Colorado coops are open: Hours enforcement trending up in the Centennial State

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Colorado hours of service violations 2017-2020
In real numbers, hours of service violations last year were down a bit in Colorado, as the state performed a good deal fewer inspections last year, reflecting the trend around the nation amid the COVID pandemic and generally decreased activity in most places. As a percentage of all violations, however, hours of service violations are clearly on an upward prioritization trend in the Centennial State. Prioritization-wise in 2020, a large number of states seemed to show greater emphasis on vehicle violations, according to our preliminary analysis of federal inspection/violation data just in. Yet Colorado's issued violations were more than a fourth (27%) related to the hours regs, including ELDs.

Heads-up, operators traveling I-25 north or south around Colorado Springs and Denver – a reporter with the KOAA NBC affiliate for the Southern half of Colorado recently spoke with a couple State Patrol inspectors, one of whom works out of the scales in Monument there and who emphasized a lot of what all of you know about the coops all around the nation. Inspectors are there to do a job, in the words of KOAA's Patrick Nelson: "The main focus is to make sure the big rigs are operating properly, are not oversized [or have the right permits ... my addition], and that drivers are licensed and not driving more hours than they should."

No surprise there, but another Patrol officer also stressed areas east of Colorado Springs where the patrol has focused on mobile spot checks more in recent days, and setting up on known scale-bypass surface routes to find some they felt who were "trying to avoid us," as he told Nelson. It's also a common-enough practice of state troopers around big scale facilities elsewhere.

Keep it in mind before you take the long way around just to avoid the chance of an inspection hassle. (At once, if the time spent is no big inconvenience, you might take the view of many an operator and look at such a hassle as extra insurance against an unforeseen equipment failure and even future hassle, provided the inspector does a thorough job on the vehicle portion of the inspection. Thank a trooper for that inspection, maybe?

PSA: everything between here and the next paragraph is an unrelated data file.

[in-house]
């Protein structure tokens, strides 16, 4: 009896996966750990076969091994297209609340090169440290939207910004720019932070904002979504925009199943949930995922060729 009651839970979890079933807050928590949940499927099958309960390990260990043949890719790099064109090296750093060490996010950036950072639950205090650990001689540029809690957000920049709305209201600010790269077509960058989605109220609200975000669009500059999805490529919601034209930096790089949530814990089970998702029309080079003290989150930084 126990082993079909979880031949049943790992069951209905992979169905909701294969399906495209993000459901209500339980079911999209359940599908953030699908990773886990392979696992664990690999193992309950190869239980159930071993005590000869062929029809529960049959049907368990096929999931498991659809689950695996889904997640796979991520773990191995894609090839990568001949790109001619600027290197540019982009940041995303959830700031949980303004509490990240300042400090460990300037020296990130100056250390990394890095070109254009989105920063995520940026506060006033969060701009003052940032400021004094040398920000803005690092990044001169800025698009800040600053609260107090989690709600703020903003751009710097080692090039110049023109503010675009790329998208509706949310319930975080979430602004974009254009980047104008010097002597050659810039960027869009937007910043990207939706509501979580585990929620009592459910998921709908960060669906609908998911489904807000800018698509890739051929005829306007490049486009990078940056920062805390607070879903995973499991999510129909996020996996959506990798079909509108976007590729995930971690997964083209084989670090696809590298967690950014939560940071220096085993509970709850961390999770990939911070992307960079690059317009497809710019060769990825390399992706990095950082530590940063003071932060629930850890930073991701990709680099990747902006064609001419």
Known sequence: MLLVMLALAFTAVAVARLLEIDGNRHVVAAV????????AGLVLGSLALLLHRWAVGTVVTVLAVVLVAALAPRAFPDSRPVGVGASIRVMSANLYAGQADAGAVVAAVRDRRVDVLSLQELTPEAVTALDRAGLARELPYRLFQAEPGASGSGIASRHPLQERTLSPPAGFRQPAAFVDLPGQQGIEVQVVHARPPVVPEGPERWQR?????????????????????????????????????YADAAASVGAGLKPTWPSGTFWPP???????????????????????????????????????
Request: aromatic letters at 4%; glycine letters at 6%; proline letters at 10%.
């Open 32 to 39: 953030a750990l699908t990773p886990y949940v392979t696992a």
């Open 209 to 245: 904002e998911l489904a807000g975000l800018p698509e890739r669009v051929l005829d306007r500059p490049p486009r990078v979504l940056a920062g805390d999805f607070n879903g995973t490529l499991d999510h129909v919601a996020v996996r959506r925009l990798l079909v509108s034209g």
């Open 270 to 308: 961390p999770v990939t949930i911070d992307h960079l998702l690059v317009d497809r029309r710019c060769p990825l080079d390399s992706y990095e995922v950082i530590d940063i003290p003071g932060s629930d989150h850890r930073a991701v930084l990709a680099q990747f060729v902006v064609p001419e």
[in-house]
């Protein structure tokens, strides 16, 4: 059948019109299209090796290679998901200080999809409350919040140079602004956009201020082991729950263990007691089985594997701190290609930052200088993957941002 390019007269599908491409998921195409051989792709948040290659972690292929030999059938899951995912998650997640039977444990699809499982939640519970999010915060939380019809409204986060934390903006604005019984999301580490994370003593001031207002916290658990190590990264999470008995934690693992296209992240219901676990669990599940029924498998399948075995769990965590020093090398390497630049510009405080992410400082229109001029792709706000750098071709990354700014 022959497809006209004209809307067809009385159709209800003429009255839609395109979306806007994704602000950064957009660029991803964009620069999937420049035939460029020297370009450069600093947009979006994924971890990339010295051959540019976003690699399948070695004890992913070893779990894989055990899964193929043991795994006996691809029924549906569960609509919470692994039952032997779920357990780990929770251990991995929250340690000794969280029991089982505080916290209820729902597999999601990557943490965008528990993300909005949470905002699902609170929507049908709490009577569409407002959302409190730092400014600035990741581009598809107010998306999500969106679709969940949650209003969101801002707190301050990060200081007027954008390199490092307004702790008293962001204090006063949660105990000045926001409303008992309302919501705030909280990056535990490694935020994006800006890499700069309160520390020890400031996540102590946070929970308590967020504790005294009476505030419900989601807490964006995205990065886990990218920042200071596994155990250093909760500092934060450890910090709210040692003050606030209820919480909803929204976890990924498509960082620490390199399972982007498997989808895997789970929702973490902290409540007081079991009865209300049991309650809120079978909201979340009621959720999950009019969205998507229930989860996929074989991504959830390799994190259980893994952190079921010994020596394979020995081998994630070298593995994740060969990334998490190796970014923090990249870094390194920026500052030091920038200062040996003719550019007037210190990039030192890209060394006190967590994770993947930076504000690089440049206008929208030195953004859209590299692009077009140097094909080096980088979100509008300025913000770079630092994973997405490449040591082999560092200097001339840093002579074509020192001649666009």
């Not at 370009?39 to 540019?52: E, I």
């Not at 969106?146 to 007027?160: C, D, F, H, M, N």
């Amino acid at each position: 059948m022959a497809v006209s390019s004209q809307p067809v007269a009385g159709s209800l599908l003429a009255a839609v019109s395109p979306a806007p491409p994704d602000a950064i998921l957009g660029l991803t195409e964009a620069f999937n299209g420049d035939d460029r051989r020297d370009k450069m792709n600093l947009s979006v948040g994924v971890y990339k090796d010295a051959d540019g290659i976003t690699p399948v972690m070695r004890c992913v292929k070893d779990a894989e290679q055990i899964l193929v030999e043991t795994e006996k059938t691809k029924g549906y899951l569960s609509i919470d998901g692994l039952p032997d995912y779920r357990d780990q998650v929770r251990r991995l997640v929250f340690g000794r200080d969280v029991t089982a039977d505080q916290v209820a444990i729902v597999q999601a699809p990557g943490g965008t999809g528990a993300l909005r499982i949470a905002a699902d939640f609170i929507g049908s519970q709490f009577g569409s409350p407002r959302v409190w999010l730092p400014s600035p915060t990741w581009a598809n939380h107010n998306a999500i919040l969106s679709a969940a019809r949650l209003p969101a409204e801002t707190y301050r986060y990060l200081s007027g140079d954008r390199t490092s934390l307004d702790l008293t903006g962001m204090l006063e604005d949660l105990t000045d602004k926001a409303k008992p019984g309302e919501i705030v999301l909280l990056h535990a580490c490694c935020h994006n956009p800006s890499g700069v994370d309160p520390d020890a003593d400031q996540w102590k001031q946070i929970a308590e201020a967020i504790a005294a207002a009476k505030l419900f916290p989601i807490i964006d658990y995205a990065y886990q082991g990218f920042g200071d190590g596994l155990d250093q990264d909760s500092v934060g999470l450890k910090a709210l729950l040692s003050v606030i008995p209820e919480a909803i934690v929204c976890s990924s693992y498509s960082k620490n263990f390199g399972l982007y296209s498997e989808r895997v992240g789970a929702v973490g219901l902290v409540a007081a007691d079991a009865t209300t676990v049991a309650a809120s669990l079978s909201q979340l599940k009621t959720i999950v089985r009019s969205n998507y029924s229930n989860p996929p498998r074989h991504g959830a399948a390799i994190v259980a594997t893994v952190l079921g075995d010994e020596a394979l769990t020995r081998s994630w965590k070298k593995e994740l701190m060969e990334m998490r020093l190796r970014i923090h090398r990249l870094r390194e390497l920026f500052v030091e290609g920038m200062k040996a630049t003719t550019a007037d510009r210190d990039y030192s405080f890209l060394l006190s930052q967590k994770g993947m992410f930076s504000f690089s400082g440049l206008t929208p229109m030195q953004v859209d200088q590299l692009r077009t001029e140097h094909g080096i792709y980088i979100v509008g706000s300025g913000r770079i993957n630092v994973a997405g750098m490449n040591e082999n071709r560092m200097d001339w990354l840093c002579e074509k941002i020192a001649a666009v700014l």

In Colorado, equipment inspection appears to be less of a priority than driver checks of late. For year 2020, the state's vehicle-related violations accounted for just around 65% of the total violations written there, well below the national average of 76%. Also, Colorado has trended heavy on hours of service enforcement in direct contradiction of the national downward trend in violations, according the numbers compiled in our long-ongoing CSA's Data Trail series. On hours enforcement in particular, when it comes to prioritization by enforcement, in Colorado the trend is up: 

Colorado hours of service violations 2017-2020In real numbers, hours of service violations last year were down a bit in Colorado, as the state performed a good deal fewer inspections last year, reflecting the trend around the nation amid the COVID pandemic and generally decreased activity in most places. As a percentage of all violations, however, hours of service violations are clearly on an upward prioritization trend in the Centennial State. Prioritization-wise in 2020, a large number of states seemed to show greater emphasis on vehicle violations, according to our preliminary analysis of federal inspection/violation data just in. Yet Colorado's issued violations were more than a fourth (27%) related to the hours regs, including ELDs.

Keep that in mind come the first week in May. In addition to lighting equipment, the focus for this year's international Roadcheck event, set for May 4-6, is the hours of service. 

Keep tuned for further reporting on inspection and violation trends state-to-state next month. Read Nelson's story for KOAA in full via this link. 

Pro tip for good road eats
If you're not packing Thomas Remington's "Trucked-up Chili" on your run, keep this place in mind on I-70 in Indiana.

It's an easy spot to miss, though across the way from a Love's and on the site of a Speedway stop -- the Gas Grill Family Restaurant in Knightstown, Indiana, at exit 115 on I-70. Open 6 a.m. to 10 p.m., AK Trucking hauler Scott Reed was stopping in there around noon today in the 2019 KW W900 he drives for Greg Anderson (leased to Woof Trucking). "It’s like homecooked food" at Gas Grill, Reed said. "They’re really famous for their pork chops," though he's not had them yet. "I’ve had their steak and chicken, and a very good chef salad. It’s a big salad – comes in a big wooden salad bowl. They make their own tea – everything’s like a four-five course meal – you might spend $15-$16 like you would at a truck stop – but you get the salad, the main course, two sides and desserts offered with the meal as well. If you go away hungry form this place, it’s your own fault."

On tap today, Reed said, was 'the Salisbury Steak special.' with 'real mashed potatoes.' $12.On tap today, Reed said, was "the Salisbury Steak special." with "real mashed potatoes." $12.

If you stop in for a try, tell 'em we said hi. 

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